Hong Kong Consumer Satisfaction Index reaches a record high

Claudia Ho

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CityUniversity of Hong Kong’s Department of Management Sciences (MS) announced its findings of the “CityU Hong Kong Consumer Satisfaction Index (CityU-HKCSI) 2004” today.  The findings show that the overall satisfaction level of local consumers in 2004 reached a record high, as a result of the overall improvement in consumer satisfaction with all sectors.



The CityU-HKCSI is a performance indicator developed by MS for Hong Kong business, measuring the satisfaction level of Hong Kong consumers towards the quality of most goods and services that can be locally purchased.  The 2004 CityU-HKCSI is based on findings from more than 10,000 consumer interviews successfully conducted by the Department through a computer-assisted telephone interview system during the third quarter of the year.  The Department introduced the CityU-HKCSI in 1997. Since 1998, its findings were released every year.


Dr H P Lo, Head of MS, said, “In a highly competitive and service-oriented economy like Hong Kong, a company’s success depends more on improving its products’ quality than increasing productivity. In the past eight years, we had successfully conducted approximately 100,000 consumer interviews to collect data to come up with the CityU-HKCSI. The index complements traditional quantity-based economic performance measures. In line with the University’s mission to contribute its research output to the community, the CityU-HKCSI is also aimed to provide valuable information to all parties concerned: the firms, shareholders, investors, government regulators, and consumers.”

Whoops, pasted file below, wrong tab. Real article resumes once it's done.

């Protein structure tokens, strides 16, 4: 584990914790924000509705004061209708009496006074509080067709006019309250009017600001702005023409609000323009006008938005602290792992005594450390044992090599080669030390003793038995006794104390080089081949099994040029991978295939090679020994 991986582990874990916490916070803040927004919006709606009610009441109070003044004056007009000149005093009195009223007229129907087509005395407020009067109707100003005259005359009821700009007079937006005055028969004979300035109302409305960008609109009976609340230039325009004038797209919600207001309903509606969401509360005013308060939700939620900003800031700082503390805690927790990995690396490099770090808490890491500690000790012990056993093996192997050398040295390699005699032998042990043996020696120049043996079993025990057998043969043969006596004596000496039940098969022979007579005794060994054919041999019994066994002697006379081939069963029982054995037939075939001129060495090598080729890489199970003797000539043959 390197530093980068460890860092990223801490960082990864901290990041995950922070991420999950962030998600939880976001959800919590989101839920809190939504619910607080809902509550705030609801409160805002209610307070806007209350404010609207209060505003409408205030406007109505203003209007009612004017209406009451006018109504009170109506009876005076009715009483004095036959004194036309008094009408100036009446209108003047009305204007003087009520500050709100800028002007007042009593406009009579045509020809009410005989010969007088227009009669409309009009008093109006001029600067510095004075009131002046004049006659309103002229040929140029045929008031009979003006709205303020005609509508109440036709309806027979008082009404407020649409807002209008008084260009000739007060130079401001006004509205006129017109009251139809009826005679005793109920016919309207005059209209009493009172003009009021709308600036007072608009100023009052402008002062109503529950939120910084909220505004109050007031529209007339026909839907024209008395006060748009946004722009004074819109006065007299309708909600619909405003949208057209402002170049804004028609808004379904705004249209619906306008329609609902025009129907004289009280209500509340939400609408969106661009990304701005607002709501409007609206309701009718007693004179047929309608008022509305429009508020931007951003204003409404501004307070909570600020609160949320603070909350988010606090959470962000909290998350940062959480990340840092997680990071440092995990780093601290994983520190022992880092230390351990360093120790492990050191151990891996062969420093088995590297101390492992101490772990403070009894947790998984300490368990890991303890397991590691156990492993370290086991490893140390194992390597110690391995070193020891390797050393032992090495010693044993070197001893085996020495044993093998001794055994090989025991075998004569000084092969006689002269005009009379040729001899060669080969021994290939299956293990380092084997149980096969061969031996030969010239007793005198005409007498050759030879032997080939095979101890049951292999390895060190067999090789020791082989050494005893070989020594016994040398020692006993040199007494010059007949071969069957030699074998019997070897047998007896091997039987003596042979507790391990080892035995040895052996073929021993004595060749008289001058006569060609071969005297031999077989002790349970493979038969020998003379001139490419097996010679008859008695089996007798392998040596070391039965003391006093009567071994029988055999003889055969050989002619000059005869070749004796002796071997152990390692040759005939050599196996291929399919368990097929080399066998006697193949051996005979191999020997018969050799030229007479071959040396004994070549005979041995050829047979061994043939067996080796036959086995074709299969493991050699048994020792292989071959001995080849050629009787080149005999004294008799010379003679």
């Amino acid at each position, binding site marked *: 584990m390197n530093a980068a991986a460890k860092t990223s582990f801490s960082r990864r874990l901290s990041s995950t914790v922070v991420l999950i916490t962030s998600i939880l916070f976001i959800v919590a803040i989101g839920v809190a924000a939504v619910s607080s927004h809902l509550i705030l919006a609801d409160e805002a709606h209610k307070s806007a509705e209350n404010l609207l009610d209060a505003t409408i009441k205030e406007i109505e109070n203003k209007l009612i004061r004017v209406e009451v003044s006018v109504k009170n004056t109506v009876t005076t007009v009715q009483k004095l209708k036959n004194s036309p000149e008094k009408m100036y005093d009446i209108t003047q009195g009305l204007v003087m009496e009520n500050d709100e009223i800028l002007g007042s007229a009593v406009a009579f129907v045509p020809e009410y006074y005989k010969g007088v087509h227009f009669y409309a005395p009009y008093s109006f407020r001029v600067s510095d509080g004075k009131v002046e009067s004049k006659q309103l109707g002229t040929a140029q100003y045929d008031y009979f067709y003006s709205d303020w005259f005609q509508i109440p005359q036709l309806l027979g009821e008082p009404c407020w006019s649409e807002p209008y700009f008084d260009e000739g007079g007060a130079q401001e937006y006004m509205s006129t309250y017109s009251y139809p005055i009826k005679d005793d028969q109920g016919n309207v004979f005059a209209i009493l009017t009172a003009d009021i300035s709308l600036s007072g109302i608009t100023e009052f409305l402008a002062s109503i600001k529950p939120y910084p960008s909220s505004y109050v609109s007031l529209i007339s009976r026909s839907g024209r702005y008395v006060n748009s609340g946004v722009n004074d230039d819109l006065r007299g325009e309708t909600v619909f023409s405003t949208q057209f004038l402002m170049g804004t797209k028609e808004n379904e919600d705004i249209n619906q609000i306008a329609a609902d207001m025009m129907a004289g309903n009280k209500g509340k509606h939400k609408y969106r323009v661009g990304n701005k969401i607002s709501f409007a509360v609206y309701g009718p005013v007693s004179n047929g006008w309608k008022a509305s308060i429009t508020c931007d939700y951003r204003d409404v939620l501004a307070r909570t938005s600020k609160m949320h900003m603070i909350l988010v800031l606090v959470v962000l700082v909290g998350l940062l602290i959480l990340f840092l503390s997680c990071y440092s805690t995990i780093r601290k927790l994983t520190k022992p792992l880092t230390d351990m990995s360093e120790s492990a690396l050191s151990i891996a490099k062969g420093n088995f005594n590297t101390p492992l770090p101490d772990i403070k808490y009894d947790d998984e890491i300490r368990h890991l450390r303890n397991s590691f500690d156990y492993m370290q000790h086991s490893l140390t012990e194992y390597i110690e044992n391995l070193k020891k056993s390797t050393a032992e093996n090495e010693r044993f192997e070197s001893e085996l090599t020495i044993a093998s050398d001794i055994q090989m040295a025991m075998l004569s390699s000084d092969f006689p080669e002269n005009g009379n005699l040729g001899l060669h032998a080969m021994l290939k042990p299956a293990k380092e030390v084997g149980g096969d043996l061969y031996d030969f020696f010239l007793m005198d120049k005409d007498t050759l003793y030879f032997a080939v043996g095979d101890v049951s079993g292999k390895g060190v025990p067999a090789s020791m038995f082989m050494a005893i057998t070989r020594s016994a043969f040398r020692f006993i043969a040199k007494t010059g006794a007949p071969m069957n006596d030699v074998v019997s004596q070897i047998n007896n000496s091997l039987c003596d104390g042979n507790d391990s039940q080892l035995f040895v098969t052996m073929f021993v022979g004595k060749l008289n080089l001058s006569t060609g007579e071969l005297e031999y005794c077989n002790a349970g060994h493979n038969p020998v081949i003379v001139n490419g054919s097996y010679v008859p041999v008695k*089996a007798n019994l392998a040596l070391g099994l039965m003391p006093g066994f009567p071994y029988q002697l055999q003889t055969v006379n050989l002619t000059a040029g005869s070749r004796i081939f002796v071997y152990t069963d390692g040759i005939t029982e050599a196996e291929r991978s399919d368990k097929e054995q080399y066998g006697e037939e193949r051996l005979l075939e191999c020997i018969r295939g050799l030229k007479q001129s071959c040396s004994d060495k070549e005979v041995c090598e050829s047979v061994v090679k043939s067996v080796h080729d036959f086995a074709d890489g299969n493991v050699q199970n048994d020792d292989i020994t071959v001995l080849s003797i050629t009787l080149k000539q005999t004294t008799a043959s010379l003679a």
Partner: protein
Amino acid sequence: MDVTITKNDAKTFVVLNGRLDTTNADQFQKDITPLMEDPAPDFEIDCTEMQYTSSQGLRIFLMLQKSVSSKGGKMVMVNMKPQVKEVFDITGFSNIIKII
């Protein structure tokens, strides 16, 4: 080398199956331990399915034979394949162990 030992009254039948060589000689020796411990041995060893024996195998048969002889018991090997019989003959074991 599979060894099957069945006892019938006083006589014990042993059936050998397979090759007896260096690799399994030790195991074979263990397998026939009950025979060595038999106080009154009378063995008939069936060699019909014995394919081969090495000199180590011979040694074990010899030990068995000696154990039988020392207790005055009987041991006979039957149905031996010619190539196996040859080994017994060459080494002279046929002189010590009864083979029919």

Ms Connie Lau Yin Hing, Deputy Chief Executive of Consumer Council, said, “We believe that the models developed by CityU’s Department of Management Sciences using advanced statistical and marketing research methods, and multi-item scales to measure consumer satisfaction, which relate consumer satisfaction to its causes and consequences, help enhance the quality of products and services and ultimately benefit the consumers.” 


69 commodities and services were categorised into Clothing & Personal Care, Food & Drink, Housing & Related Items, Transport, Information & Entertainment and Non-CPI Items. The categories, accounting for over 75% of the weightings in the Hong Kong composite Consumer Price Index (CPI), have been taken into account in calculating the CityU-HKCSI.


Announcing the findings for 2004, Dr Geoffrey Tso, Associate Professor of MS, said “The CityU-HKCSI has a scale of 0-100 to represent ascending levels of consumer satisfaction. In 2004, CityU-HKCSI increased 1.8% to a record high of 69.1 from the 2003 score of 67.9.  The Sub-HKCSIs of all six product categories registered certain increase. In particular, Clothing & Personal Care witnessed a substantially higher Sub-HKCSI increase of 3.1%, while the other five product categories also achieved noticeable consumer satisfaction improvement rates of 0.8~2.1%.”


Among the six product categories in 2004, Hong Kong consumers were most satisfied with Clothing & Personal Care that achieved the highest Sub-HKCSI of 74.1, followed by Transport of 72.3 and Information & Entertainment of 72.1, and then by Food & Drink of 71.2 and Non-CPI Items of 69.3. They were least satisfied with Housing & Related Items which received a substantially lower Sub-HKCSI of 64.7.


At product level, Hong Kong people were most satisfied with film which reported the highest CSI of 80.0 in 2004, followed by music CDs of 79.7 and jewellery of 78.3. It is noticed that music CDs, film, rice, dairy products & non-alcoholic drinks, edible oil, and proprietary medicines & supplies had continuously showed up in the top 10 CSI lists since 1998.


At the other extreme, local consumers were least satisfied with shopping in Shenzhen which received the lowest CSI of 57.1 in 2004, preceded by job-seeking magazines of 59.0 and renting public houses of 62.5. It is found that renting private houses, renting public houses and weekly magazines had always been among the bottom 10 CSIs since 1998, and shopping in Shenzhen, job-seeking magazines and job-seeking websites had always appeared in the bottom 10 CSIs since they were included into the HKCSI programme in 2001.





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